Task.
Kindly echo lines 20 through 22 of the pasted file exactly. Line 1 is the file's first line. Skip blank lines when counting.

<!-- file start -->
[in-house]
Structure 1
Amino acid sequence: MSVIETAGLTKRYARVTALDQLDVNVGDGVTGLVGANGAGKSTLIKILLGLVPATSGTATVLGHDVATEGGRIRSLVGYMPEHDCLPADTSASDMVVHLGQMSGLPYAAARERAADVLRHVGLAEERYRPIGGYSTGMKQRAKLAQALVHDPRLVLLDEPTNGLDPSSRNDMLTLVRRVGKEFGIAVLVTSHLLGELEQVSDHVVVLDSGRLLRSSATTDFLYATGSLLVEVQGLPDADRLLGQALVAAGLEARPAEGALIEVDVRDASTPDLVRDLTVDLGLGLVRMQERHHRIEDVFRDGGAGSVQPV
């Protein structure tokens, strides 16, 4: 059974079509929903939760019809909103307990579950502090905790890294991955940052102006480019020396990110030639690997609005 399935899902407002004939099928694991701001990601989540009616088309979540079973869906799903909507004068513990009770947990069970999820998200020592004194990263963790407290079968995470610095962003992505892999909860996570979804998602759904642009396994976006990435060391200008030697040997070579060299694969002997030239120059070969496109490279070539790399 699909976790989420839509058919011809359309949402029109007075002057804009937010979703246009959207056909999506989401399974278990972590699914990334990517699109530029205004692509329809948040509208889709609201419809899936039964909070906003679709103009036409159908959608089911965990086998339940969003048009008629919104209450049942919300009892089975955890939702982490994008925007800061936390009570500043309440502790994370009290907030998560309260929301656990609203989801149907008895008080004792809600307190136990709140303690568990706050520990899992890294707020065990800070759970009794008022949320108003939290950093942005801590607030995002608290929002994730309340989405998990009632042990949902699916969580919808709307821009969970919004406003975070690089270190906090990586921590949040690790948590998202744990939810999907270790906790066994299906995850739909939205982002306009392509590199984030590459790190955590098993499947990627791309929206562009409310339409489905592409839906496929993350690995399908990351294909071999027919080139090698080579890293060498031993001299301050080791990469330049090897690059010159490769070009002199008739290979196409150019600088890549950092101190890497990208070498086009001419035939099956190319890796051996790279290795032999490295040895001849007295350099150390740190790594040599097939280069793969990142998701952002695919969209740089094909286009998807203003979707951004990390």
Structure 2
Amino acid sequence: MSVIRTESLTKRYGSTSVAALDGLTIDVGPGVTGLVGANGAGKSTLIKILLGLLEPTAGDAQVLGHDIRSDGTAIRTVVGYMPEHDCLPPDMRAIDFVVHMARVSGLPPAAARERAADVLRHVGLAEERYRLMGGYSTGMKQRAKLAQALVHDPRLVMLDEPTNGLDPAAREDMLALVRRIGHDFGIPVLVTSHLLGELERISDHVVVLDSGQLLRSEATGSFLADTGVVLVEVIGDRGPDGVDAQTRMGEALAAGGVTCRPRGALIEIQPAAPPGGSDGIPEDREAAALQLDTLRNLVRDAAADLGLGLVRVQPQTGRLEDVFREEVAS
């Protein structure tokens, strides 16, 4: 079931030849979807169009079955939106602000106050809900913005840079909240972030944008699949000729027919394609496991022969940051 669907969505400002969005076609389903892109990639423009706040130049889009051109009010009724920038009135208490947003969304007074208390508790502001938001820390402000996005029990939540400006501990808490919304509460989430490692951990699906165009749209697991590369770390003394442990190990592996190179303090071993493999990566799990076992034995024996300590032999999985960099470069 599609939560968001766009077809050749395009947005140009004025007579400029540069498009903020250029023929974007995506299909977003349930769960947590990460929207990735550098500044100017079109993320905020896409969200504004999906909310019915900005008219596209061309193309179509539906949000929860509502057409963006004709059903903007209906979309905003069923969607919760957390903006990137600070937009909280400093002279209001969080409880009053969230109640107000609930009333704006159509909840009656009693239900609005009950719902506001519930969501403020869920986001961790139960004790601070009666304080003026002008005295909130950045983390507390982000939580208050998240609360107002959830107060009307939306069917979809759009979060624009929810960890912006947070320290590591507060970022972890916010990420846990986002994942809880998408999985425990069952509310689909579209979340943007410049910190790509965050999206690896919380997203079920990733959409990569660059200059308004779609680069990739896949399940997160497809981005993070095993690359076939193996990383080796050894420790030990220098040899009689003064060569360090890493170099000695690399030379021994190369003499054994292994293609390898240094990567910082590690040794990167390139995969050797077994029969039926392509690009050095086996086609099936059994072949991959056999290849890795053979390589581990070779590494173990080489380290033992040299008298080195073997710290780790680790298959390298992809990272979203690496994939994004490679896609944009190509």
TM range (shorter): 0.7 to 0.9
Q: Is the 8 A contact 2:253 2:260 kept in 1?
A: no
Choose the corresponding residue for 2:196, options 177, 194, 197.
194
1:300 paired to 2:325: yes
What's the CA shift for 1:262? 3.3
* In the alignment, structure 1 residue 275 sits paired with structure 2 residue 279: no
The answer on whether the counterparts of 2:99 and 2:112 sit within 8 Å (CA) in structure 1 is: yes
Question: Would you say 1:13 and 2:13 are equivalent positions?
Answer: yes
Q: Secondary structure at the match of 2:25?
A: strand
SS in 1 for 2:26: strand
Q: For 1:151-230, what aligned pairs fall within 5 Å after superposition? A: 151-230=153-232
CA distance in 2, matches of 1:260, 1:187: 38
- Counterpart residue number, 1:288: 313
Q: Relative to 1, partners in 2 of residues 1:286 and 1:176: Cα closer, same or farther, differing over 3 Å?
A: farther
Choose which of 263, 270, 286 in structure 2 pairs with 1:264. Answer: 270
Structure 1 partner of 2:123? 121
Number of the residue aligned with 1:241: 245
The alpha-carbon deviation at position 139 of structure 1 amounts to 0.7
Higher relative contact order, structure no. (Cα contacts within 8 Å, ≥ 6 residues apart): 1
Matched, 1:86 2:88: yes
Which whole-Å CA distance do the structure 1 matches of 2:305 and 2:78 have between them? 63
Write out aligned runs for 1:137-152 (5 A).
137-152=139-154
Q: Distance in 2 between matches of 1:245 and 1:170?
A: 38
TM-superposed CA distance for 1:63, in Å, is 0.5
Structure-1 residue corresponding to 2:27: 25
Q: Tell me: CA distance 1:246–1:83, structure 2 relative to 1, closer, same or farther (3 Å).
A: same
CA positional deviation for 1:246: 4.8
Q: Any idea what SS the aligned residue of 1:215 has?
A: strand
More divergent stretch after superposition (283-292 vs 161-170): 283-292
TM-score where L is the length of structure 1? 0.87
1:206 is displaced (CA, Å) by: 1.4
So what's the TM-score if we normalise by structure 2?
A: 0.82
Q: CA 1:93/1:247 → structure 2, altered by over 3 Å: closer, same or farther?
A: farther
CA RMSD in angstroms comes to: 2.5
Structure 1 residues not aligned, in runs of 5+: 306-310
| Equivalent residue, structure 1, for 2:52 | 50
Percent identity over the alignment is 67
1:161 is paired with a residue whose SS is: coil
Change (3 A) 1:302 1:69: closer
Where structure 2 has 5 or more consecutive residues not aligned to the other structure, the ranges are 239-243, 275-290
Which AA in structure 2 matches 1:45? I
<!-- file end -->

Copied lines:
A: strand
SS in 1 for 2:26: strand
Q: For 1:151-230, what aligned pairs fall within 5 Å after superposition? A: 151-230=153-232